The Apple XServe platforms come with 'darwin', an open source POSIX-compliant computer operating system released by Apple Inc. This includes a C/C++ compiler that has been derived from the open source gcc compiler. However, it is currently based on gcc 4.0.1 which was release in 2005, and it may be necessary to install a newer version, perhaps in a user area to overcome bugs with the earlier version.
I had to install a newer version because gcc 4.0.1 is unable to cope with pre-compiled headers that use anonymous namespaces, and boost libraries, which logically belong in precompiled headers, make considerable use of anonymous namespaces.
It is common to create a directory '~/local' which will contain the include and library files that are associated with locally installed programs. The following can be included in the .profile to ensure that locally installed code is used in preference to system programs.
If the files are to be installed in another location then ~/local should be replaced with this new location (e.g. /User/common/local) in all the following examples.
gcc is dependent on two maths libraries:
The GNU Bignum library (gmp), available from http://gmplib.org/
This now appears to be installed, so an installation is no longer necessary
If it is not installed then it should be installed before mpfr as mfpr is dependant on gmp.
gmp 4.1.4 should be downloaded and built, in that 4.2.X is unable to build on darwin because the configure operation returns: "configure: error: no version of add found in path'. Once a later version of gcc has been installed it is then appears to be possible to install 4.2.X, presumably because gcc has added 'add'.
gmp should be downloaded and unpacked (tar -xzf xxx.tar.gz), and then installed with
./configure --prefix=~/local /local --host=none-apple-darwin
The precision floating point library mpfr, available from http://www.mpfr.org/
Both should be downloaded and unpacked (tar -xzf xxx.tar.gz), and then installed with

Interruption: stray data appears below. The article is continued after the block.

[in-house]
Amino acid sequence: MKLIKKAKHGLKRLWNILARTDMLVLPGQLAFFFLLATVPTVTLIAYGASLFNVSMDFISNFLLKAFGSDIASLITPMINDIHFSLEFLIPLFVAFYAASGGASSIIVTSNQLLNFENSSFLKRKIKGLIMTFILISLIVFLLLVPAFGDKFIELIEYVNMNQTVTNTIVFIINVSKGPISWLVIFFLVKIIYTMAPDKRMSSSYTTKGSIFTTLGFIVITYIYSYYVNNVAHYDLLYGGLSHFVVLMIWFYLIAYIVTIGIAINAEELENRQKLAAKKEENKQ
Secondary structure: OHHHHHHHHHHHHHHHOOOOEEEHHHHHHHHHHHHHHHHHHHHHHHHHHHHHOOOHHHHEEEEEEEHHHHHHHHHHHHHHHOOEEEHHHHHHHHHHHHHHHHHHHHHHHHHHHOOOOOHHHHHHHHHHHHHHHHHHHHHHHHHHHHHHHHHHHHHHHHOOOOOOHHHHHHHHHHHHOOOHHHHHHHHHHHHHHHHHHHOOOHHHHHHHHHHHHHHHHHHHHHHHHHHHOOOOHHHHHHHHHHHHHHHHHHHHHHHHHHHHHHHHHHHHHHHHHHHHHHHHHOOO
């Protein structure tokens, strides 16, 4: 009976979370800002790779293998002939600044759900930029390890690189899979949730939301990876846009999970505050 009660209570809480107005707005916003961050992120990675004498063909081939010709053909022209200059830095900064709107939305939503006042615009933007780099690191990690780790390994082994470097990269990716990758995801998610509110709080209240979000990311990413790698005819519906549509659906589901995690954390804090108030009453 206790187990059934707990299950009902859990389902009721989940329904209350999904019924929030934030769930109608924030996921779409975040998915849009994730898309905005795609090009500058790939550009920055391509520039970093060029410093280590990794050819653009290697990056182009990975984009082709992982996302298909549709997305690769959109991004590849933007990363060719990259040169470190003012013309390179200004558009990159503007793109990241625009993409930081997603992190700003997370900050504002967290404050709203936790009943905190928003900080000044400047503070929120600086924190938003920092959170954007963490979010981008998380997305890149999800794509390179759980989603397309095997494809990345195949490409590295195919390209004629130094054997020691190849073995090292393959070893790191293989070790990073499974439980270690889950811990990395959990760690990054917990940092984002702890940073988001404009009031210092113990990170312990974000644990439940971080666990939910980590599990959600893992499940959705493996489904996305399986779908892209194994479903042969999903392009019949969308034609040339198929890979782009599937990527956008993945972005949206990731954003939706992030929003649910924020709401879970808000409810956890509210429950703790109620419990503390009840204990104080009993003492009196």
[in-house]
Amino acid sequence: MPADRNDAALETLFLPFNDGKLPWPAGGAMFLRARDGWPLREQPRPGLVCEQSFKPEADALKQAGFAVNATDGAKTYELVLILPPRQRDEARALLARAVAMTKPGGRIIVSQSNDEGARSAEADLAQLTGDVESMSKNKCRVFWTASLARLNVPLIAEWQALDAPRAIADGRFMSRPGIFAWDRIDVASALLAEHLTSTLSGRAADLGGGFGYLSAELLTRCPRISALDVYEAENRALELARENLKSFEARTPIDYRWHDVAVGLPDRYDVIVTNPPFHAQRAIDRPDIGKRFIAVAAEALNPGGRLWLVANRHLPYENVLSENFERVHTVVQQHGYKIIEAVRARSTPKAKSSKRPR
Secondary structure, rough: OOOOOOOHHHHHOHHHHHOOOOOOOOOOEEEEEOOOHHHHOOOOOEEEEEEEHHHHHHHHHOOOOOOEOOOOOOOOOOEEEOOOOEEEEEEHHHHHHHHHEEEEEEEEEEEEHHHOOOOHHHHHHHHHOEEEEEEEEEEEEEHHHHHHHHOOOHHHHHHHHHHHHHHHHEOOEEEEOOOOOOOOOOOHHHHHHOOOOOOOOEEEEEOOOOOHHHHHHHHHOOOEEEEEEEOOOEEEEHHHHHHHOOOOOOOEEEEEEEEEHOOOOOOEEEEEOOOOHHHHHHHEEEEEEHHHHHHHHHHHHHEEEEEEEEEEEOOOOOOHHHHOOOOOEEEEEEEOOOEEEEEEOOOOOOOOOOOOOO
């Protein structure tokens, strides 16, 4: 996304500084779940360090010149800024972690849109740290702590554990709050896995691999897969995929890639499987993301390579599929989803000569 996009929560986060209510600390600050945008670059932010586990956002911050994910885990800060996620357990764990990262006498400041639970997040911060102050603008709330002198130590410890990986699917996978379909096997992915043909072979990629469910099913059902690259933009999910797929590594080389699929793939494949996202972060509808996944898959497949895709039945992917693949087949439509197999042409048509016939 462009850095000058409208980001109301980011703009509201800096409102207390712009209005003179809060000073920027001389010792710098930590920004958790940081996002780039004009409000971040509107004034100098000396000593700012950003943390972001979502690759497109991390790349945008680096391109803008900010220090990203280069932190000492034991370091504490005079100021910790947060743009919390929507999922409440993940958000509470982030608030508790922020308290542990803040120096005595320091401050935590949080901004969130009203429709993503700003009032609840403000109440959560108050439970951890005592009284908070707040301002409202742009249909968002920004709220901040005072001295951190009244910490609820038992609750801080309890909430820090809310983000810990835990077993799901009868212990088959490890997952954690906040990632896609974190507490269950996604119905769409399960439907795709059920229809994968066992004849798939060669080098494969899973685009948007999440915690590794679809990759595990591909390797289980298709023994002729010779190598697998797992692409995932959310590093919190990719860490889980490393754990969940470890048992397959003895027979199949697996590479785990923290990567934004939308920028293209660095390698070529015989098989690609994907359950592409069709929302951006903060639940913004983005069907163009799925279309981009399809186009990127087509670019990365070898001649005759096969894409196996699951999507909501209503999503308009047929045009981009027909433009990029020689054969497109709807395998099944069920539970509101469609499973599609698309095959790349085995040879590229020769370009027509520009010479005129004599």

This puts the associated header files for each library into ~/local/include and the library files into ~/local/lib
In order that the library files can be found during the process of building gcc, the following should then be run
The full source should be downloaded from http://gcc.gnu.org/. The core source is not suitable because it does not contain the C++ compiler.
./configure --prefix=~/local --enable-languages=c,c++ --with-gmp=~/local --with-mpfr=~/local
make check (which may not work)
It is recommended that only the languages required are configured as the whole process is extremely lengthy (One step in the java build takes over an hour in itself), and problems were encountered building the java compiler.
Note that after it is installed, when ./configuring other libraries for installation it will still (correctly) determine that the toolset to be used is darwin. This should not be overruled, e.g. with --use-toolset=gcc.
The source for boost can be downloaded from http://www.boost.org/ and unpacked in the usual way. This has to be compiled using 'darwin' even after a new gcc compiler has been installed as the gcc compiler will have taken on the characteristics of its darwin host (eg the dylib suffix for dynamic libraries).
The generic gcc does not support the command "-no-cpp-precomp" so line 332 (or thereabouts) of tools\build\v2\tools\darwin.jam must be editted to remove "-no-cpp-precomp" so that it reads:
flags darwin.compile OPTIONS : -gdwarf-2 ;
The "-no-cpp-precomp" option is obsolete even for darwin.
Boost (version 1.43) can then be configured, built and installed as follows.